A memorial dedicated to 18-year-old Hartmut Tautz from Eastern Germany was revealed at the end of Kopčianska Street in Bratislava’s Petržalka borough. The young man was killed on August 8, 1986 on the border when trying to flee to Austria.
The memorial should remind people of one of the most tragic events that happened close to the Iron Curtain in former Czechoslovakia, the TASR newswire reported.
“Hartmut Tautz was a boy who did not want to conform to the totalitarian regime,” said Neela Winkelmann, managing director of the Platform of European Memory and Conscience, as quoted by TASR, adding he only wanted to be free.
Tautz’s fight for a free life and his courage should be a memento to all, she added.
The specific feature of the memorial is that his name is written from the back to the front. The reason is that when people were watching those trying to cross the borders, they were not looking in their eyes, but at their backs. It should also remember an old habit between Tautz and his sister who called themselves by saying their names from the back when they were little children, TASR reported.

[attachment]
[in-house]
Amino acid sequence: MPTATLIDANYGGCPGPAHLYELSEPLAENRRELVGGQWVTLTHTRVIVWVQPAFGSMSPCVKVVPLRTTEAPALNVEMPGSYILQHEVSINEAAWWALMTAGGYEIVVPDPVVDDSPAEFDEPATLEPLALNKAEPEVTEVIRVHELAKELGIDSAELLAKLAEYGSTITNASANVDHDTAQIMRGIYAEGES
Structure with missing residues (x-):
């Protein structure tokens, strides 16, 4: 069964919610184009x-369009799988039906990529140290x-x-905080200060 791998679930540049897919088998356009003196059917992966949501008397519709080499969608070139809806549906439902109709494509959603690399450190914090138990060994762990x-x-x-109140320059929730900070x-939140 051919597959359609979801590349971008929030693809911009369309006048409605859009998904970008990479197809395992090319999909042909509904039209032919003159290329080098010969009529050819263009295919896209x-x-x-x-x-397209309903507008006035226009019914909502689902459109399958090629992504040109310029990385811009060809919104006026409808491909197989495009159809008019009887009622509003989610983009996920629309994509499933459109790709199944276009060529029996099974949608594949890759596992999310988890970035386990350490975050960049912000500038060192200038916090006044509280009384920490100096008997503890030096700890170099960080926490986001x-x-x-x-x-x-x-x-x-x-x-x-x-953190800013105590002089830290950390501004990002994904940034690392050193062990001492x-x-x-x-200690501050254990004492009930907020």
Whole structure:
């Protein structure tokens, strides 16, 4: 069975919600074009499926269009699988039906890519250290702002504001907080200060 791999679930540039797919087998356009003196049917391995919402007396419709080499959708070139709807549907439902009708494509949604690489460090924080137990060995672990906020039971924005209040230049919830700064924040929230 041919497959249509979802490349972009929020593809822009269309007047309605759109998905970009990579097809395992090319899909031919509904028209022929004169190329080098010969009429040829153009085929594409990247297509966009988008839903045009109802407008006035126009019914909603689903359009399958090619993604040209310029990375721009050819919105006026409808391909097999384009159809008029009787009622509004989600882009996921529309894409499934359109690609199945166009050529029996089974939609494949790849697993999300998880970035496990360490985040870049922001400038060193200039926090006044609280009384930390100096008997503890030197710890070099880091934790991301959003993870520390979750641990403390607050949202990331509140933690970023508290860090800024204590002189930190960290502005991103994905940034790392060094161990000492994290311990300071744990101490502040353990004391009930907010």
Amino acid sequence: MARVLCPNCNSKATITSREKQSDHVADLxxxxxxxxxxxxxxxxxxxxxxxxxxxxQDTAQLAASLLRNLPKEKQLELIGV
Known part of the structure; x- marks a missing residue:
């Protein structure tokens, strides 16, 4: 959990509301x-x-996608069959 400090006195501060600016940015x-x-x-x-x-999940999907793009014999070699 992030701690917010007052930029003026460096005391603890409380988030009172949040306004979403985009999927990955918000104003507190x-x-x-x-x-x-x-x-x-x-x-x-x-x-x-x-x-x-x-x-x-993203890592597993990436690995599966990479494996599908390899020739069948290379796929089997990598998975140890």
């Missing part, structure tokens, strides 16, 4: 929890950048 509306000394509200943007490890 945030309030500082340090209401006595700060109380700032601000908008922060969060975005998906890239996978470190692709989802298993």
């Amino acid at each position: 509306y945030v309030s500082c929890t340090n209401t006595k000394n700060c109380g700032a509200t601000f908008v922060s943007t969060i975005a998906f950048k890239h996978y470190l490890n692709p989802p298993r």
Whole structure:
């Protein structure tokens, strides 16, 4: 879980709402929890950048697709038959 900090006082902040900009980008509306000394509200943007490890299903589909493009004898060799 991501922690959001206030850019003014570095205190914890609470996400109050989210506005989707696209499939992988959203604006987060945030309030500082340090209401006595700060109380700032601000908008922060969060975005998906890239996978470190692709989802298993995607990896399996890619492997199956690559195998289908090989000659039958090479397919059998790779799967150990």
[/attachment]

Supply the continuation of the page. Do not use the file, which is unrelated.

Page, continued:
The memorial should remind passers-by that freedom and democracy are not for free, said Pavol Frešo, governor of Bratislava Region. It should also remind of other young people who risked their lives by trying to escape to the West, added Ondrej Krajňák, chair of the board of the Nation’s Memory Institute (ÚPN).
“More than 400 lives were taken at the whole border line of the Iron Curtain during the former regime,” Krajňák said, as quoted by TASR, adding that 42 people died in Slovakia. “Even more people were detained when trying to escape, but there were also those who managed to run.”
ÚPN plans to soon publish the names of all victims of the Iron Curtain, as well as investigators and judges who dealt with their cases.
The participants of the ceremony also called on those responsible for Tautz’s death to apologise to his family.
10. Aug 2016 at 13:20 | Compiled by Spectator staff